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External SCSI drive shows available but cannot access

Posted on 2010-11-23
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Last Modified: 2012-05-10
I have an IBM 43P workstation running AIX 4.3.3

The workstation has two internal SCSI drives of 9GB and 18GB, and an external SCSI tower with one drive of 73GB.  It is dedicated to running Scitex/Creo/Kodak Brisque software which takes graphic files and prepares them for output as printing plates on Trendsetter plate maker.

Last week we started getting messages that we ran out of disk space.  However, the "Jobs" folder where we normally have fifty to one hundred processed files was showing as empty.  We were unable to send any more jobs to the workstation without getting the "not enough disk space" message in the Brisque software.

I ran a customer maintenance program which checks the filesystems, runs fsck, etc, and got no error messages other than a warning to run varyonvg without reference to a specific volume.

Later I ran IBM diagnostics in maintenance mode and got no error codes. When I use smit devices all three hard drives are listed as available.

When I use smit to check logical and physical volumes, however, the only physical volumes that show up are hdisk0 and hdisk1, the two internal drives. When I try to add hdisk2, the drive in the external tower, I get a message that a device already exists at that address.

Listing the logical volumes shows three lvs:  rootvg, svg1, and svg2.  Svg2 is not showing as active. When I try to activate it, I get the following message:

0516-013 The volume group cannot be varied on because there are no good copies of the descriptor area.
PV STATUS   004a181a17b81a90 PVNOTFND

Is the drive dead, or is this a SCSI problem?  If I replace the hard drive, how do I re-establish the logical volumes, volume groups, etc?

HELP!!
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Question by:jarego2
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6 Comments
 
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Expert Comment

by:David
ID: 34197211
Most likely the SCSI Unit select.  (If using the 68-pin connector)  These are jumpers on each individual disk drive.  Depending on your enclosure, there may also be a requirement to run unit select cables from the HDD enclosure to the pin header

If the disk has an SCA connector (looks like a rounded trapezoid), then the unit select is going to be somewhere in the enclosure.

Also in the BIOS of the 43p there is a way to select the UNIT id.  Cant remember what you push down but I think it tells you on a POST.  
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Expert Comment

by:David
ID: 34197215
Don't forget that the controller itself uses an ID, typically 7, but it is also possibly 6 or 8 if there was more than one SCSI controller in the system.  they must be unique
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Author Comment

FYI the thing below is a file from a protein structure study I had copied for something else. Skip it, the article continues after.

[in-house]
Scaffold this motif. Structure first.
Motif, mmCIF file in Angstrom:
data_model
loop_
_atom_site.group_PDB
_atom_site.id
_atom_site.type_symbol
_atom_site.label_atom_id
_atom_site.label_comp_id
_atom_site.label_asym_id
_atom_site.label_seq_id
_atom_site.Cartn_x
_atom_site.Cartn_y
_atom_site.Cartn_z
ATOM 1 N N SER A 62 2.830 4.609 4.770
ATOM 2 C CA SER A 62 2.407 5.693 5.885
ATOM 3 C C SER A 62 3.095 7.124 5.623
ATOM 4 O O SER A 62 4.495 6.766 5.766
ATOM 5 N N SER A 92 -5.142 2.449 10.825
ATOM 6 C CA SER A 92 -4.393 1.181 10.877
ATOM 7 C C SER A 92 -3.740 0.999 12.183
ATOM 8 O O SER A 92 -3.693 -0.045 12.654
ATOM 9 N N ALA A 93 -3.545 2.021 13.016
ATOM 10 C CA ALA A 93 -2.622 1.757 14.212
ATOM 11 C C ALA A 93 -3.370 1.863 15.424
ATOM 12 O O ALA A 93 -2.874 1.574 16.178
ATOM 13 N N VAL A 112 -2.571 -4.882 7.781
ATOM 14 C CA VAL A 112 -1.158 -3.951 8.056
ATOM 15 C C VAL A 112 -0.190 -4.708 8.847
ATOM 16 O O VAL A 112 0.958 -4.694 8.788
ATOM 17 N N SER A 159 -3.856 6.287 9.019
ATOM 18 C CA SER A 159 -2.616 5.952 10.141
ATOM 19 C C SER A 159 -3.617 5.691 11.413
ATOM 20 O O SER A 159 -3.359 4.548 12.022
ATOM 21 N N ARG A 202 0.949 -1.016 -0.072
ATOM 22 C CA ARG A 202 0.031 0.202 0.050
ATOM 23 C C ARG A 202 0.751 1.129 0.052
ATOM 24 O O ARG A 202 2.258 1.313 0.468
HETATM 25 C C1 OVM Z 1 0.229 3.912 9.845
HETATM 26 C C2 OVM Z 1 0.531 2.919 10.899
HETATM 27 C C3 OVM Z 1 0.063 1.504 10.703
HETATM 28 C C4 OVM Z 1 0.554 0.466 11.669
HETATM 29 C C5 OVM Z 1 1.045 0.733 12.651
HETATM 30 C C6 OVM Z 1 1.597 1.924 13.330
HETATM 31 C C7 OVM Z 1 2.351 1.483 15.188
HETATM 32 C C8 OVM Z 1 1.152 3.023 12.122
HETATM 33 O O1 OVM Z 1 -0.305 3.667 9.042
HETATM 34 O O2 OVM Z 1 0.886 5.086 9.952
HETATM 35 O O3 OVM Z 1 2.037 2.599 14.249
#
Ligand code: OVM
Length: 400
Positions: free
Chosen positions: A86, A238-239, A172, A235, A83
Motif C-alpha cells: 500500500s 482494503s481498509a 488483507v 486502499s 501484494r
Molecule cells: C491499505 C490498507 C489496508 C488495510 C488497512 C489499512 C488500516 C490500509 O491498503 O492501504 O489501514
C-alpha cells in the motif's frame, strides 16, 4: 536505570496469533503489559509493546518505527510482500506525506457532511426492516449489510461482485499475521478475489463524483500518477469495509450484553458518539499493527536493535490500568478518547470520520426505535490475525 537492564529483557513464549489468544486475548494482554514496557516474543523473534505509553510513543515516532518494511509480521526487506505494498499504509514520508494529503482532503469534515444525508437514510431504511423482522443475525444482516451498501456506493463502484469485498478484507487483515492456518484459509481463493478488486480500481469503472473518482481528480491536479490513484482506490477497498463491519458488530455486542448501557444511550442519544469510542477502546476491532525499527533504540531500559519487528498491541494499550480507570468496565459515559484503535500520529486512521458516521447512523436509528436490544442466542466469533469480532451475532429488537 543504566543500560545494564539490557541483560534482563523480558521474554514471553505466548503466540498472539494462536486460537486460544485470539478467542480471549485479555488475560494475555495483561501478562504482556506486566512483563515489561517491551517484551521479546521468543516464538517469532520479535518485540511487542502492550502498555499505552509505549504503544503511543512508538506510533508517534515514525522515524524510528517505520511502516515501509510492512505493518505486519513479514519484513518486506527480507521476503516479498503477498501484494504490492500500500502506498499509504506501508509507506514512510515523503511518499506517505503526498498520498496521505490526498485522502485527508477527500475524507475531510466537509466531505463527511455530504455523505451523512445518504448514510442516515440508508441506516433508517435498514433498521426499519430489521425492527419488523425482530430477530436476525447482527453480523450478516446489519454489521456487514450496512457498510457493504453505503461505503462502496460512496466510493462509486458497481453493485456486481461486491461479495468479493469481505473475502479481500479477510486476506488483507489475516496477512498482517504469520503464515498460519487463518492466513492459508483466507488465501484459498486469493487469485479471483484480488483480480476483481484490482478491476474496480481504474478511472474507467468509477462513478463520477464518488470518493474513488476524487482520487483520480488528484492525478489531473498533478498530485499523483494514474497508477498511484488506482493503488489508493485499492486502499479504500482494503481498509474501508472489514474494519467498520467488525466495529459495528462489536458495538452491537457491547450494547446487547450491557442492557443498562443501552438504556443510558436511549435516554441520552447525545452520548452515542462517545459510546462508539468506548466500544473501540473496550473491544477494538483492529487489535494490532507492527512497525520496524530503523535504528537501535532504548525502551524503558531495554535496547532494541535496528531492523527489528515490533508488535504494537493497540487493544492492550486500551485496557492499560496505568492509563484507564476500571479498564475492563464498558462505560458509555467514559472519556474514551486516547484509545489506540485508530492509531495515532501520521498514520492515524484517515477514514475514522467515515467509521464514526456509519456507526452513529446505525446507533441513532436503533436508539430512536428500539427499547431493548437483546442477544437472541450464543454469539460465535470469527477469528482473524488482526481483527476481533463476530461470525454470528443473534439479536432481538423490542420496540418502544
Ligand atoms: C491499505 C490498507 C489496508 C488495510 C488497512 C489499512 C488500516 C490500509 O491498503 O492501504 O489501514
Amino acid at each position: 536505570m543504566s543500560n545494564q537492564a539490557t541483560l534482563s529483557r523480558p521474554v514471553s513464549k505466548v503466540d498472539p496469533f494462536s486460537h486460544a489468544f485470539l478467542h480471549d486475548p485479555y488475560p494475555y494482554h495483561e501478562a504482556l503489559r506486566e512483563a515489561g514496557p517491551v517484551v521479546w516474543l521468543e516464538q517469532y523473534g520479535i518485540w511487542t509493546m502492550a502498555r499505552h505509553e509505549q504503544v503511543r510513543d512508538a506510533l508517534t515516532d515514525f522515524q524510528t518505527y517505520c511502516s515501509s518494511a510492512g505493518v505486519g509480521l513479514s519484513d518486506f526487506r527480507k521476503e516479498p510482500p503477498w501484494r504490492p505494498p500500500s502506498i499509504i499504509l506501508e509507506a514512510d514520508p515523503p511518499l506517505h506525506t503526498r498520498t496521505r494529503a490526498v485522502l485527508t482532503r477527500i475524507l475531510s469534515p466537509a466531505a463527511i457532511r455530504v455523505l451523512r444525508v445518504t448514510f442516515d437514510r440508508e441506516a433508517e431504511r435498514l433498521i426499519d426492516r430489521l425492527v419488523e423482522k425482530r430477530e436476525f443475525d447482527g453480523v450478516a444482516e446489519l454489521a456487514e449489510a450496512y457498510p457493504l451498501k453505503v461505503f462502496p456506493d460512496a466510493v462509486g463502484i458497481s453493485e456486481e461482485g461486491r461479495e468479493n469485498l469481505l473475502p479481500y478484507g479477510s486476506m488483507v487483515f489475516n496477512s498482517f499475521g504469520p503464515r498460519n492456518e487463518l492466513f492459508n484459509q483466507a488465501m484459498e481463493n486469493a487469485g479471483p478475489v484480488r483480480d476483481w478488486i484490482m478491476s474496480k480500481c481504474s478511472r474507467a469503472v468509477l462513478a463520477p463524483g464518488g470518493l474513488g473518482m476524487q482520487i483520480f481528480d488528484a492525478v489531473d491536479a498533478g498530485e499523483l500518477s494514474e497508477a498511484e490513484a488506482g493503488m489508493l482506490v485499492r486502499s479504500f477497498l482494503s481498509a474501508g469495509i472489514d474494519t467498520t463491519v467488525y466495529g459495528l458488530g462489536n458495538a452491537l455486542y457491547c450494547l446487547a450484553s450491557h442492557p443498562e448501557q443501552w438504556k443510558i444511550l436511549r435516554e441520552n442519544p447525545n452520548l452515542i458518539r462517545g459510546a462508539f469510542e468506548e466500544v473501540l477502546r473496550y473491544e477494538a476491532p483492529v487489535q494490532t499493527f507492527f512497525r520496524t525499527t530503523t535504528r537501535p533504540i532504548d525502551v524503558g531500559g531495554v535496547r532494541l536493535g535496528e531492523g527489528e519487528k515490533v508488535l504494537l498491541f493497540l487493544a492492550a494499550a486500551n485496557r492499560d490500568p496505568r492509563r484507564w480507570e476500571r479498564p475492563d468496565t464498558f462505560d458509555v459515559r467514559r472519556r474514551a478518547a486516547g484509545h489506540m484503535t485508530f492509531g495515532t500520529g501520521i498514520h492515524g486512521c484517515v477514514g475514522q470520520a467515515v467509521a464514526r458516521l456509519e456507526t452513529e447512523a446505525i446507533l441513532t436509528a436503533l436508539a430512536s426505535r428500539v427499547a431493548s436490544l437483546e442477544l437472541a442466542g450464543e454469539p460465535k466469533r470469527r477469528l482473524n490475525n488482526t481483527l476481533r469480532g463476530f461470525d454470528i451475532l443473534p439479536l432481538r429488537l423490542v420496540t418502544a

by:jarego2
ID: 34197576
The internal SCSI adapter address is 10-80 and the SCSI ID is 7. The external adapter is at 1P-10 and the SCSI ID is also 7. The adapters are both Wide/Fast-20.

The internal drives are located at 10-80-00-0,0 and 10-80-00-1,0 respectively.  The external drive is located at 1P-10-00-0,0.  The external drive is an 80-pin Ultra160 Seagate drive.

I tried to change the SCSI ID on both adapters, and got the same message both times:

Method Error 0514-029
Cannot perform the requested function because a child device of the specified device is not in the correct state.

Do I have to unmount the drives in order to change the ID?
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Accepted Solution

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David earned 500 total points
ID: 34197875
Of course the disk COULD be dead, or just degraded to point where it responds to some commands, but just doesn't spin up. Since you tried setting unique SCSI IDs for the adapters (I presume you used 7 & 8 or 6 & 7, and didn't set the adapter to one of the IDs used by a disk).

Cabling, terminators is a possibility, but I would just see if I could mount the disk in the known working HBA, set the unit ID to 3, then see if I could see the disk.   No reason to attempt to mount it, certainly don't add it to ODM database, you don't need to do any of that and risk it writing to the drive to use dd to see if you can read from it.

I.e,

dd if=/dev/hdisk2 of=/tmp/junk  count=1

If you get a 512 byte file, then  so far so good.
Then dd if=/dev/hdisk2 of=/dev/null

and see if it completes w/o throwing errors  (Obviously make sure device names are correct).

There is some commercial disk diagnostic software for AIX, but probably not worth the money.   (santools.com smartmon-ux is ported to AIX)..    

Those diagnostics may not be sufficient, were they full media tests, or just a S.M.A.R.T. test, or something that you have no idea what they did?

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Author Closing Comment

by:jarego2
ID: 34198359
I tried a different cable and the drive is now working!

Thanks for the suggestions
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Expert Comment

by:David
ID: 34198506
great, sometimes it is something easy :)
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